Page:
Godzilla vs. Hedora: Not Your Typical Kaiju Fare

Considering the iconic status Godzilla already had in the 1960s it would have been intimidating for any director to be tasked with making the next film in the series, but when Yoshimitsu Banno was picked for the job he had never even made a feature film before. Godzilla vs. Hedorah was to be his first. Not only that but he would have to show the rough cut to Ishirō Honda, the originator of the Godzilla franchise, for approval.

Many a director might be hesitant and play it safe by creating a pale and tentative imitation of his predecessor’s work, but when Banno got the job in 1971 he definitely did not hold back. Godzilla vs. Hedorah was a bold departure from past Godzilla films. It did fairly well at the box office, but Banno’s drastic changes were enough to get him fired anyway. He was scheduled to make more Godzilla films but the arrangement was canceled.

Banno’s departure from the norm begins right from Godzilla vs. Hedorah’s opening credits. The screen comes to life with psychedelic colored oils splashing and sliding past each other. A woman appears and begins to sing a funky 1960’s sounding pop song. Then interspersed with the psychedelia come morbid flashes of pollution and man-made disasters. Banno sets up a fast-paced and almost free-associative style.

He throws in a strange variety of formalist flourishes. He chooses random moments to suddenly switch from live-action to animation. The cartoons are based on the film but are not part of the plot. Sometimes they are just a kind of riff on what is going on and other times they are didactic little inserts of extra information delivered in animated form. When Professor Toru Yano explains nuclear fusion to little Toru Yano we get a School House Rock style cartoon illustrating the professor’s lesson.

The plot of Godzilla vs. Hedora is still standard issue. A beast from space surfaces out of the ocean, where all beasts from space live, and begins to wreak havoc on Tokyo where all Japanese people live. Kaiju are always made stronger by some new “modern technology” that we humans are being irresponsible with. In Hedora’s case, it is smog and pollution produced by the spread of industry.

Little Toru is a know-it-all little boy in very short overalls who seems to understand the motivations of both Godzilla and Hedorah. The sober scientist is his father who figures out everything in little test tubes. At one point, when the scientist is hard at work theorizing, the film cuts to a shot of Rodin’s Thinker steaming in the sun. It’s just a quick cut, that functions as an illustrative footnote of free association.

Godzilla himself is different as well. He has picked up certain mannerisms as if he had been watching Bruce Lee movies. When facing off with Hedorah he nods his head, wipes his mouth, and pumps his arm, as if to taunt his opponent. At one point Toro even imitates Godzilla, highlighting this strange new mannerism.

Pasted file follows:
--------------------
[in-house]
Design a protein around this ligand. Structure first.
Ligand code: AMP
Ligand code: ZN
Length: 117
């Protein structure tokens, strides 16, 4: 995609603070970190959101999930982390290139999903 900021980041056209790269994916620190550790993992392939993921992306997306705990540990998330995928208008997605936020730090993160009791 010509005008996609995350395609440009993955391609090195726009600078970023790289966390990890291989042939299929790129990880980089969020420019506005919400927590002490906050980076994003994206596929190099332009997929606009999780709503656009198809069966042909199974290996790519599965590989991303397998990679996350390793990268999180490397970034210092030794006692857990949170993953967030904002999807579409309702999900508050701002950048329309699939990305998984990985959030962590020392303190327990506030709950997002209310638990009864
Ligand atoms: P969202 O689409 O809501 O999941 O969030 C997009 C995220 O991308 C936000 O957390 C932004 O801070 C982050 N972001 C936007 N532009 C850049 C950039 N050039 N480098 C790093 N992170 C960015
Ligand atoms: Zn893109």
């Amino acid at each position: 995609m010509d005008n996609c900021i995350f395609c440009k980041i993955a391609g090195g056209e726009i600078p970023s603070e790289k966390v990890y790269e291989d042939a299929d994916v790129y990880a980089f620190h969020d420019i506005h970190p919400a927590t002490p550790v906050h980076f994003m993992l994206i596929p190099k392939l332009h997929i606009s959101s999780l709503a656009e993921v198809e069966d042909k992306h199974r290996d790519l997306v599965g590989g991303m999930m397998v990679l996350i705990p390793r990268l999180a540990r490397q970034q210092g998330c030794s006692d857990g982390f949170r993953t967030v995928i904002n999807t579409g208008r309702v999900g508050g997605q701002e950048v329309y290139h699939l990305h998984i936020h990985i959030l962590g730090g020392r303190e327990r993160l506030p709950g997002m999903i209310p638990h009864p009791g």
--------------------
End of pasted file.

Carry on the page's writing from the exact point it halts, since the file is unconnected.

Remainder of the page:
As is typical in Kaiju films the fight scenes are slow and awkward. Godzilla and Hedora mostly just stand there and yell at each other. Godzilla has his trademark roar which is fine but it sounds to me like they only had two different recordings which they relentlessly play on a loop. The fight scenes may be slow but Banno manages to throw in some surprises. There is a shot from Hidorah’s point of view as Godzilla leans in to wallop him. Godzilla also gets an odd wide angle close up as seen below.

Before the climactic fight begins there is a crazy crescendo of frantic yelling and activity as Banno cuts to different locations and different moments in the film. He splits and resplits the screen until he assembles a giant grid of flashing images. Some of them just flash skulls, others are newscasts or footage of Hidorah. It culminates when all the squares turn into flashing primary colors.

The closing of the film is just as strange. We have the typical Shane ending with Godzilla walking away into the sunset and the little boy calling after him, but then out of nowhere the film cuts to a closeup of Hokusai’s woodblock print of the wave. Then back to Godzilla and then to the wide shots of sludge and pollution. The only connection I can figure out is that Hokusai’s Wave represents Japan’s glory days before all the pollution and including it in the final montage is a way of mourning what has been lost.

Godzilla movies always center around the fear of modernism. There is a concern that industrialization will be the downfall of Japan or humanity in general, but along with this fear comes a faith in science and indirectly in nature. It is always the scientist who saves the day and restores the natural balance of forces.

Banno’s version hits all the same notes as the other Godzilla films but it definitely sticks out from the rest. Banno’s film is openly self-conscious, formal, and artificial. He tells a Godzilla story while simultaneously embracing the psychedelics and experimental spirit of the 60’s. He loved the way Godzilla vs. Hedorah turned out and was all set to make a sequel, but it was not to be.

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I have an MFA in painting and I’m an art professor but I managed to convince the school to let me teach film. https://twitter.com/Filmofile1

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